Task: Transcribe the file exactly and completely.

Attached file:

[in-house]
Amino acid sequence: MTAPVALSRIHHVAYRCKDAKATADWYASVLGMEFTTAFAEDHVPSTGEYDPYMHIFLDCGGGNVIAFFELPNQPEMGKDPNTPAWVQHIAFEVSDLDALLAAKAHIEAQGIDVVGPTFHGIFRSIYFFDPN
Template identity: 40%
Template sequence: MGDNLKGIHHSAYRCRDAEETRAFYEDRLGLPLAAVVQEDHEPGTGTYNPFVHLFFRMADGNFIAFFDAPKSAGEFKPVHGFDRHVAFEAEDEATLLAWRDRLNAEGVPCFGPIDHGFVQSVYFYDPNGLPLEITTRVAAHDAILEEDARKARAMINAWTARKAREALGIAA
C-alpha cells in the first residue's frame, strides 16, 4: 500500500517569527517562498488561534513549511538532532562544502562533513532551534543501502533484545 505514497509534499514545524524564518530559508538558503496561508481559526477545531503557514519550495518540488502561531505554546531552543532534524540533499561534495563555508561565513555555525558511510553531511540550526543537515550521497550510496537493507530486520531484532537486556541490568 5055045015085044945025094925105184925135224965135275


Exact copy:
[in-house]
Amino acid sequence: MTAPVALSRIHHVAYRCKDAKATADWYASVLGMEFTTAFAEDHVPSTGEYDPYMHIFLDCGGGNVIAFFELPNQPEMGKDPNTPAWVQHIAFEVSDLDALLAAKAHIEAQGIDVVGPTFHGIFRSIYFFDPN
Template identity: 40%
Template sequence: MGDNLKGIHHSAYRCRDAEETRAFYEDRLGLPLAAVVQEDHEPGTGTYNPFVHLFFRMADGNFIAFFDAPKSAGEFKPVHGFDRHVAFEAEDEATLLAWRDRLNAEGVPCFGPIDHGFVQSVYFYDPNGLPLEITTRVAAHDAILEEDARKARAMINAWTARKAREALGIAA
C-alpha cells in the first residue's frame, strides 16, 4: 500500500517569527517562498488561534513549511538532532562544502562533513532551534543501502533484545 505514497509534499514545524524564518530559508538558503496561508481559526477545531503557514519550495518540488502561531505554546531552543532534524540533499561534495563555508561565513555555525558511510553531511540550526543537515550521497550510496537493507530486520531484532537486556541490568 5055045015085044945025094925105184925135224965135275